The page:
"Champagne for One" is one of the Nero Wolfe episodes released on Region 4 DVD in Australia under license by FremantleMedia Enterprises. Nero Wolfe — Collection One (2008) presents "Champagne for One" as a 90-minute film with a single set of titles and credits.[a] In 2009 the film was released on Region 2 DVD in the Netherlands, by Just Entertainment.[7]

All three DVD releases present "Champagne for One" in 4:3 pan and scan rather than its 16:9 aspect ratio for widescreen viewing.

Nero Wolfe (Radiotelevisione italiana S.p.A.)[edit]

Grazia Giardiello adapted Champagne for One for the second episode of the RAI TV series Nero Wolfe (Italy 2012), starring Francesco Pannofino as Nero Wolfe and Pietro Sermonti as Archie Goodwin. Set in 1959 in Rome, where Wolfe and Archie reside after leaving the United States, the series was produced by Casanova Multimedia and Rai Fiction and directed by Riccardo Donna. "Champagne per uno" made its debut April 12, 2012.[8][9]

Publication history[edit]

In his limited-edition pamphlet, Collecting Mystery Fiction #10, Rex Stout's Nero Wolfe Part II, Otto Penzler describes the first edition of Champagne for One: "Black cloth, front cover and spine printed with purple; rear cover blank. Issued in a mainly black dust wrapper."[11]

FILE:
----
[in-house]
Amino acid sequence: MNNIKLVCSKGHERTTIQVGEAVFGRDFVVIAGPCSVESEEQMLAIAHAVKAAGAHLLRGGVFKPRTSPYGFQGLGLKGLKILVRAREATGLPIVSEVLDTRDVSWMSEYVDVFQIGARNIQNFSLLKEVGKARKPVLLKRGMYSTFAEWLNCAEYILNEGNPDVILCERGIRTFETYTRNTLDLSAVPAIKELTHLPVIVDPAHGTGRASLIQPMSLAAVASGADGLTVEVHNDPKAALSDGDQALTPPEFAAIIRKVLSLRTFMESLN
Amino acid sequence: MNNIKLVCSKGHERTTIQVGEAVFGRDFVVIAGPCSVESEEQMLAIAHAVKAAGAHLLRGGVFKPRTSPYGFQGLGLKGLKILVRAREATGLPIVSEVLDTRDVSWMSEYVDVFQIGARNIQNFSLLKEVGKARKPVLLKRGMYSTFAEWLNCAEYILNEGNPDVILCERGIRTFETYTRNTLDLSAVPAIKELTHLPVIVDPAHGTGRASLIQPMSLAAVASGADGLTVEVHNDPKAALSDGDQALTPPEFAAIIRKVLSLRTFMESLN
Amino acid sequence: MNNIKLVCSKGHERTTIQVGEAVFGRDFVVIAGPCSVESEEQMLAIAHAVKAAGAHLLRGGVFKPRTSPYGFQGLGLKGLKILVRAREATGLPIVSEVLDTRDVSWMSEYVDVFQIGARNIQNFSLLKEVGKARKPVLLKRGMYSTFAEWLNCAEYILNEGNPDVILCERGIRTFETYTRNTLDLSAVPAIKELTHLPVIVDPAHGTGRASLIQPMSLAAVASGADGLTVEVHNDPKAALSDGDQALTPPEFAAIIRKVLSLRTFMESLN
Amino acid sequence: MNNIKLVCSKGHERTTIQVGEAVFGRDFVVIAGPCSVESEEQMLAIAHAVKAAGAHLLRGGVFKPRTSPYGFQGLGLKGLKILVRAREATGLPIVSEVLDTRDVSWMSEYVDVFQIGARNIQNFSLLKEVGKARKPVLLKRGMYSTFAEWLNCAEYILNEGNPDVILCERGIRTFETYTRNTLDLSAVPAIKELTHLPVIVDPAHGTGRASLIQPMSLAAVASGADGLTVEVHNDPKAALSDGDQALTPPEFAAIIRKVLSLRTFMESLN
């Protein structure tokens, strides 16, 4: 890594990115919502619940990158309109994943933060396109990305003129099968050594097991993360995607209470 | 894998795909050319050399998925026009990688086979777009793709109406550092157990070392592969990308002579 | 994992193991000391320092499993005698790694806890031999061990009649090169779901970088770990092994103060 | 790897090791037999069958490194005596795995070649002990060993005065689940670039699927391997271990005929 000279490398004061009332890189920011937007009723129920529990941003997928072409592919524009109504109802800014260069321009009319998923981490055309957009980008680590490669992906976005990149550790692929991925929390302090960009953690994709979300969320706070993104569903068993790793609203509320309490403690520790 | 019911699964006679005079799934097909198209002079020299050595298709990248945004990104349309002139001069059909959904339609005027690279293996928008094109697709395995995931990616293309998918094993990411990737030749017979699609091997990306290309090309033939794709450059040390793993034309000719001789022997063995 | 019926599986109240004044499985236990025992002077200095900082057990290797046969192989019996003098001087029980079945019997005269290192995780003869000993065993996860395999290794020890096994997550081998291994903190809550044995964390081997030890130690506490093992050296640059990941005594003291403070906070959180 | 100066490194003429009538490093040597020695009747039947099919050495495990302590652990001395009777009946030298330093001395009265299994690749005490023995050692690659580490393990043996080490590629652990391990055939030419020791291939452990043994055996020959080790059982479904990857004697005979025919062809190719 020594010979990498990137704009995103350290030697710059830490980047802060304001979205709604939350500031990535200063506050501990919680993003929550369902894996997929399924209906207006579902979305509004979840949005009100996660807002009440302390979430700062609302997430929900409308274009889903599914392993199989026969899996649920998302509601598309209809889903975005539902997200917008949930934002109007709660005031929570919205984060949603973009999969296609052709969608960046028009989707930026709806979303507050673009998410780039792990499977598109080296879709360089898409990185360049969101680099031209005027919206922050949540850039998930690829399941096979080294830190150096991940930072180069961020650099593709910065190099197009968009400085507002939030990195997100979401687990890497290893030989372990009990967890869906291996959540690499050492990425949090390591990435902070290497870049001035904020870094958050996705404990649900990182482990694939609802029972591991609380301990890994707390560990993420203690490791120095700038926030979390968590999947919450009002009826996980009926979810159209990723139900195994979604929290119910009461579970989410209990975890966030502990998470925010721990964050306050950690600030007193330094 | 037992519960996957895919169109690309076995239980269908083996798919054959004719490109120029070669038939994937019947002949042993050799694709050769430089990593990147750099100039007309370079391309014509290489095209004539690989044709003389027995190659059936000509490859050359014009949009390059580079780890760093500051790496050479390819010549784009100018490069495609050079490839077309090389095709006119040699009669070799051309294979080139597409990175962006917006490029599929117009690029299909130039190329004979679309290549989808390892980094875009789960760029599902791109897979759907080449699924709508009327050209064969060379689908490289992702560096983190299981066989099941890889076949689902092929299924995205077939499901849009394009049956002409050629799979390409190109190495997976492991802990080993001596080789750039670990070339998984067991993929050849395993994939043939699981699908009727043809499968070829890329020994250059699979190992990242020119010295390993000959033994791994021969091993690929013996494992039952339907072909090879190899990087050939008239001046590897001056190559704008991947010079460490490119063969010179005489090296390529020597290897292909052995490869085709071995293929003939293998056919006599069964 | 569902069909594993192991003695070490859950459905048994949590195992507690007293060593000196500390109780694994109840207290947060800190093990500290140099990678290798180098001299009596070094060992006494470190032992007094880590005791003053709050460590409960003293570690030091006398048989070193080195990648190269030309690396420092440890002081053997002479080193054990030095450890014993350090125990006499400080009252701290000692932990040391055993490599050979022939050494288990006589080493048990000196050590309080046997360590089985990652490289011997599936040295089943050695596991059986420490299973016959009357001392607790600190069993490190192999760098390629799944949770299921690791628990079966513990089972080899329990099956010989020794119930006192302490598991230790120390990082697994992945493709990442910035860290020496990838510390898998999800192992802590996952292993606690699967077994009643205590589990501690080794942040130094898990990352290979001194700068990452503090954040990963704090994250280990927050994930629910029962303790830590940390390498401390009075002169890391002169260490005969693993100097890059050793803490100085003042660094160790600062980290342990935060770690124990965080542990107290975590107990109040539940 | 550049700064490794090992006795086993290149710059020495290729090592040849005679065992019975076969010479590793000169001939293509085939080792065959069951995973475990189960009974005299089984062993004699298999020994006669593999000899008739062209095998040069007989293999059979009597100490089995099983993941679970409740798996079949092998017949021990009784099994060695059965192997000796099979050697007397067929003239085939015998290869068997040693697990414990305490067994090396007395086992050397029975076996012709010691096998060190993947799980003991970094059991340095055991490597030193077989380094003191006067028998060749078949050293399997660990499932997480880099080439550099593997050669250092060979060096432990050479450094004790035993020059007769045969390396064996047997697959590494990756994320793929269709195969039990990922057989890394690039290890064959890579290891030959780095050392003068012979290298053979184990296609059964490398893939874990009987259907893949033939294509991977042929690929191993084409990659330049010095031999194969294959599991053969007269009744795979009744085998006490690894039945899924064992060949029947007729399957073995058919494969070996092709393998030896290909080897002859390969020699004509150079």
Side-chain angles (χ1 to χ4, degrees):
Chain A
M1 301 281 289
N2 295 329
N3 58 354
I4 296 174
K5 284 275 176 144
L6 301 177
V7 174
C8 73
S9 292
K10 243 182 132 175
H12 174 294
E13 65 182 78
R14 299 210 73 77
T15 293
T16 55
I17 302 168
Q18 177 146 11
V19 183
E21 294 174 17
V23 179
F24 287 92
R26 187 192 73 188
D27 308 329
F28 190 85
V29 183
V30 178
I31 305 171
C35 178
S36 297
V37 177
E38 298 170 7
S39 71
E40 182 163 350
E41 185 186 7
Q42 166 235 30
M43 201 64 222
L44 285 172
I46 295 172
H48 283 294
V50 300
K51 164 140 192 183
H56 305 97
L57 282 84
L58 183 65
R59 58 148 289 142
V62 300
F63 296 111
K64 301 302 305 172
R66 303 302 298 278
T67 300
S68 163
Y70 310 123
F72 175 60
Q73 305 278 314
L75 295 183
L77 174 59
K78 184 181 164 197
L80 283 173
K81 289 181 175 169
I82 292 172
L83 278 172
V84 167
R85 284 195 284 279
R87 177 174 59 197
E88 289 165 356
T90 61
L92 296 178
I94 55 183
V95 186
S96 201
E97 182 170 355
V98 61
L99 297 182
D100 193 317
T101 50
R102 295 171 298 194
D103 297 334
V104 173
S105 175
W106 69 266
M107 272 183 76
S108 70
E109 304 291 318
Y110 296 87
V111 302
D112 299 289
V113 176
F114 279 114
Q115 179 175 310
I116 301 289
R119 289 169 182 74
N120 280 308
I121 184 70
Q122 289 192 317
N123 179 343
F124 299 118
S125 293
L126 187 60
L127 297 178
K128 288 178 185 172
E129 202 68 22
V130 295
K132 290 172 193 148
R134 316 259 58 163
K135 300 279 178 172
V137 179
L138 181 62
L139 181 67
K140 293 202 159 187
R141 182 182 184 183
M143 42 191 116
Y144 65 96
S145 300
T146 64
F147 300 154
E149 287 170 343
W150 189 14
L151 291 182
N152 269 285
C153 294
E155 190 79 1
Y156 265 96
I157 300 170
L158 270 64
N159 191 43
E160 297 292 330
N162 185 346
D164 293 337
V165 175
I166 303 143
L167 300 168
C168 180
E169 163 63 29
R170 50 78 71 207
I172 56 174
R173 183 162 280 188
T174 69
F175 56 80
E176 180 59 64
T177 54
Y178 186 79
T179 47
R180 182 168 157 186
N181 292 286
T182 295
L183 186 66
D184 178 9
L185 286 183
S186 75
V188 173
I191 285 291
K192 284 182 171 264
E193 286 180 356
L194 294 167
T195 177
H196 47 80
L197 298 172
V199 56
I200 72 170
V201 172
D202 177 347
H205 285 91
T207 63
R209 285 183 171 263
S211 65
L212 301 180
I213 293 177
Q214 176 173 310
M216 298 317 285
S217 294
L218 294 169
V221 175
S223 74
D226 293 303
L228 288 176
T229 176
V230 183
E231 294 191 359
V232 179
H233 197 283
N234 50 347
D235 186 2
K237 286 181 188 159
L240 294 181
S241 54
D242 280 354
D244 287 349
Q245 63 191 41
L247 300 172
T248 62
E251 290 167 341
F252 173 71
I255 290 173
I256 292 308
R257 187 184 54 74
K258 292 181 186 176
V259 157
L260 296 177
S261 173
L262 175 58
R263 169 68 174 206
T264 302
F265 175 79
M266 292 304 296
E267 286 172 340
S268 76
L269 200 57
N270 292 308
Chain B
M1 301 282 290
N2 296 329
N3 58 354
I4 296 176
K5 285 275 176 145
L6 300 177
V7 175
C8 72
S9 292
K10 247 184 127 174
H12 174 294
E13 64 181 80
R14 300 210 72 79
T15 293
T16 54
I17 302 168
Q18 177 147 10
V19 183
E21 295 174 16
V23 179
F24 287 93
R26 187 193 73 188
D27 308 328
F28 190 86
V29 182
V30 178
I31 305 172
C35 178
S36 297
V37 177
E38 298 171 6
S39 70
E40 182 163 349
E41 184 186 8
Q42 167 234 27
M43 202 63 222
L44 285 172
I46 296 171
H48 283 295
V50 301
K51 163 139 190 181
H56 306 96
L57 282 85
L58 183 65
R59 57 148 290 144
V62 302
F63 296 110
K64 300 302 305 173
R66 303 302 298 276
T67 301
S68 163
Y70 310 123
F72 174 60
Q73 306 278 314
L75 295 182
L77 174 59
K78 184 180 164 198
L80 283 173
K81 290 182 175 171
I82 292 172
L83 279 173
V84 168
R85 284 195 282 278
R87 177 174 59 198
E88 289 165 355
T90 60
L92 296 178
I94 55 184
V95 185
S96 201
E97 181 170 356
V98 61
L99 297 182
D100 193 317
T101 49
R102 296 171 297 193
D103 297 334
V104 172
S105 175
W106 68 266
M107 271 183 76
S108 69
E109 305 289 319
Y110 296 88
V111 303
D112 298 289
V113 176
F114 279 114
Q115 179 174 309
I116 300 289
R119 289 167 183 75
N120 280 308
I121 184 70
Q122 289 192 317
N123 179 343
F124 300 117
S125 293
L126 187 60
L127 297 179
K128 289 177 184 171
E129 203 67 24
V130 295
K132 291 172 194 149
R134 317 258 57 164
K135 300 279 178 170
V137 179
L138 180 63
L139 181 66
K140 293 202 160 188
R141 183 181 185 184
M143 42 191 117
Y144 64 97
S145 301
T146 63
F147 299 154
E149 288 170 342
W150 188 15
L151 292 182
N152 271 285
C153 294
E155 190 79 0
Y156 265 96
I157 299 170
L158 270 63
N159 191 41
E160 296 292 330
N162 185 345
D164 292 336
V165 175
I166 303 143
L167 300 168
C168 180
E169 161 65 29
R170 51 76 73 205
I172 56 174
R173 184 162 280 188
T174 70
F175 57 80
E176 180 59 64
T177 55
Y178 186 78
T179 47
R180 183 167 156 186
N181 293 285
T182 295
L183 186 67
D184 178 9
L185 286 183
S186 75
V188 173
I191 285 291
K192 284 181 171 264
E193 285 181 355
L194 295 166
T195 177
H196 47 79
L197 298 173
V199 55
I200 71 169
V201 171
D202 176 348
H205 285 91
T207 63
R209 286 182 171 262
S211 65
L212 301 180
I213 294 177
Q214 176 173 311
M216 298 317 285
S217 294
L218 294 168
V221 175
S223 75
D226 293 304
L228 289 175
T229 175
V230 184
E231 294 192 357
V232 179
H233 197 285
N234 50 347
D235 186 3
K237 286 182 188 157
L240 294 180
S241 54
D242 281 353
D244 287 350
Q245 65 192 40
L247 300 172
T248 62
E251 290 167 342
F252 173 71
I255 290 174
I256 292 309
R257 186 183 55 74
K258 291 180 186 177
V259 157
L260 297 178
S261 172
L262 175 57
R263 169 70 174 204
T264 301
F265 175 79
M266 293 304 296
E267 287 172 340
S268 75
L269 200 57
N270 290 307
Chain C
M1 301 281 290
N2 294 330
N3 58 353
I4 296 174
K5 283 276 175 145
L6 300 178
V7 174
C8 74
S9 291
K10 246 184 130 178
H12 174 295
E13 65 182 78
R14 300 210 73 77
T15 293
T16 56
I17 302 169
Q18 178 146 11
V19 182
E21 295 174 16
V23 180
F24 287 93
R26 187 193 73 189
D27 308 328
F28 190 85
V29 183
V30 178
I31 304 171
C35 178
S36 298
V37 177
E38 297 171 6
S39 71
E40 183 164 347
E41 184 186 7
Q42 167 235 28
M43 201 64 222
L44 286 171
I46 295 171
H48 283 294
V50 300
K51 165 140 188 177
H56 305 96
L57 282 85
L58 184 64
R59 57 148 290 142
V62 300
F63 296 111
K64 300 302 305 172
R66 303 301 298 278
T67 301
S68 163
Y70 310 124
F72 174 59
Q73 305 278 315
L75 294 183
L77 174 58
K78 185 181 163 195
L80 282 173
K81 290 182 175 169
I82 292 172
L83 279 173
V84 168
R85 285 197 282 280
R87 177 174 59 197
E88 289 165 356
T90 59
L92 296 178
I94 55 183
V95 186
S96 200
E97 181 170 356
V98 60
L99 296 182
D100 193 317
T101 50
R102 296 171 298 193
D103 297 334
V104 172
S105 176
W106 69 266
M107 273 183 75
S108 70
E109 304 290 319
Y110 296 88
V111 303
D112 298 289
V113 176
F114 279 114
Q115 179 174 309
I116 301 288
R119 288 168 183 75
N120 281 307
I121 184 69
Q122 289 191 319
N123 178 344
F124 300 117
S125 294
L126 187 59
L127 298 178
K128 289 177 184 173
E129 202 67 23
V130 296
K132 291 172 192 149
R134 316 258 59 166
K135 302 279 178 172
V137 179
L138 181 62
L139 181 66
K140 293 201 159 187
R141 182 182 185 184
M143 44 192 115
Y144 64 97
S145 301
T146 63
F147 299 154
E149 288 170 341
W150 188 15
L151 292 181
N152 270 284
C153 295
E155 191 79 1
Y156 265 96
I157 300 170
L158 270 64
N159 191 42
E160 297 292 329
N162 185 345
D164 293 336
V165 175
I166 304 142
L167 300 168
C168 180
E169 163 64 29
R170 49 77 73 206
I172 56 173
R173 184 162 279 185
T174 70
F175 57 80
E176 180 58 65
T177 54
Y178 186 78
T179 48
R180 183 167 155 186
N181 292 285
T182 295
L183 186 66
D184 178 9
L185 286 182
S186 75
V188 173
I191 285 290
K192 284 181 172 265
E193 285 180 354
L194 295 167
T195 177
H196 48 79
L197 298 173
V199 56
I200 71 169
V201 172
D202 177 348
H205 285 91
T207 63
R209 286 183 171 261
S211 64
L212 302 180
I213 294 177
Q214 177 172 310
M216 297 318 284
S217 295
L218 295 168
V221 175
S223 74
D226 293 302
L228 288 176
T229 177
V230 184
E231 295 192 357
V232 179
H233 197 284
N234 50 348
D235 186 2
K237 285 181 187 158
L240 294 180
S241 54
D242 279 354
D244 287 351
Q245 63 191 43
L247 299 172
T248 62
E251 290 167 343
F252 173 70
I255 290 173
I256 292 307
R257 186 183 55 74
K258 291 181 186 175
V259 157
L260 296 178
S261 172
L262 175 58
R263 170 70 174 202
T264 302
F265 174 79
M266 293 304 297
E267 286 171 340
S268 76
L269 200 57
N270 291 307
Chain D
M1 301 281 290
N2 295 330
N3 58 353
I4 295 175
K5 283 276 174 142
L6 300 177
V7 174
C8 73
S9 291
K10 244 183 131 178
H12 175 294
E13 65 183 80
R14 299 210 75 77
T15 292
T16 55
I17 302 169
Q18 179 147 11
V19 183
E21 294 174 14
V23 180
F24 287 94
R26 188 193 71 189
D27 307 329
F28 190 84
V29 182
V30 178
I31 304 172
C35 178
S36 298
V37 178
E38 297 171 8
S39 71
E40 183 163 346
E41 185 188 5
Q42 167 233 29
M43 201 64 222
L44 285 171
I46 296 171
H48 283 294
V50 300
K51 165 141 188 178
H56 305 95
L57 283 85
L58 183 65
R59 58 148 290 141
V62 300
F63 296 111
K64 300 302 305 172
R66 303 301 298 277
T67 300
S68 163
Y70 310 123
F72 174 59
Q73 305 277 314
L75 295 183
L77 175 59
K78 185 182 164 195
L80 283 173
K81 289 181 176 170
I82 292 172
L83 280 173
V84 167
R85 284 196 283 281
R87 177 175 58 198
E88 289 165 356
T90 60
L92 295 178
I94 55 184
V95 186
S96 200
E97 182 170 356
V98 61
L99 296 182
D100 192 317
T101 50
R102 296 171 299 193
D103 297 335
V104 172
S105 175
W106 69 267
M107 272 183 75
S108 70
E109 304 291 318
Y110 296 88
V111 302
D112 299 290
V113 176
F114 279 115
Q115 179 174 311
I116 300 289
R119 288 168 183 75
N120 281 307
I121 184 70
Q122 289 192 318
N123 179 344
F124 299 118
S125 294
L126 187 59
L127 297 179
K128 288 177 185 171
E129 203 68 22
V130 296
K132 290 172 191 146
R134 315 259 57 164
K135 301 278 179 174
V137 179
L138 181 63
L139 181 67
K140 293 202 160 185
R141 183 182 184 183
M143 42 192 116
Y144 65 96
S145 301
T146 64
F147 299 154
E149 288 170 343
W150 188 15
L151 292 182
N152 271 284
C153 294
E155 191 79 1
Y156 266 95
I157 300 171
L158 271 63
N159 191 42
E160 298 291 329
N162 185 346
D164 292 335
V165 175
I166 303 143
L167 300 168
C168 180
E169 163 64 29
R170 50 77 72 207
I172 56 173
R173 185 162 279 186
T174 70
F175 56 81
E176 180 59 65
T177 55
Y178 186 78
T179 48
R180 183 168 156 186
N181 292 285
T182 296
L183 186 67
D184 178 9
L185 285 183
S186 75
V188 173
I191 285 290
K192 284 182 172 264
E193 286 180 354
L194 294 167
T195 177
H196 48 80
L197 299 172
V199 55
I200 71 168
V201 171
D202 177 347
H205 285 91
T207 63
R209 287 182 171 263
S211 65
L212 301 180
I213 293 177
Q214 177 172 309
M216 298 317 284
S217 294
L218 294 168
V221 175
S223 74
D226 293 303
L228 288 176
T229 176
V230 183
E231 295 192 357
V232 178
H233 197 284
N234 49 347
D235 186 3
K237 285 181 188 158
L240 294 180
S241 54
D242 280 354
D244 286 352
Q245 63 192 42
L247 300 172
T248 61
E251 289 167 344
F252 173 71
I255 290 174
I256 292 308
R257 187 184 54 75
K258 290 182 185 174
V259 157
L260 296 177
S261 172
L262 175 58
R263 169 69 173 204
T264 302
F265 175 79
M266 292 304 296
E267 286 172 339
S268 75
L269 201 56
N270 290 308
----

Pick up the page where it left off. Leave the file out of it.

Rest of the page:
In April 2006, Firsts: The Book Collector's Magazine estimated that the first edition of Champagne for One had a value of between $200 and $350. The estimate is for a copy in very good to fine condition in a like dustjacket.[12]
The far less valuable Viking book club edition may be distinguished from the first edition in three ways:
  • The dust jacket has "Book Club Edition" printed on the inside front flap, and the price is absent (first editions may be price clipped if they were given as gifts).
  • Book club editions are sometimes thinner and always taller (usually a quarter of an inch) than first editions.
  • Book club editions are bound in cardboard, and first editions are bound in cloth (or have at least a cloth spine).[13]
  • 1959, London: Collins Crime Club, September 7, 1959, hardcover
  • 1960, New York: Bantam #A2023, April 1960, paperback
  • 1961, London: Fontana, 1961, paperback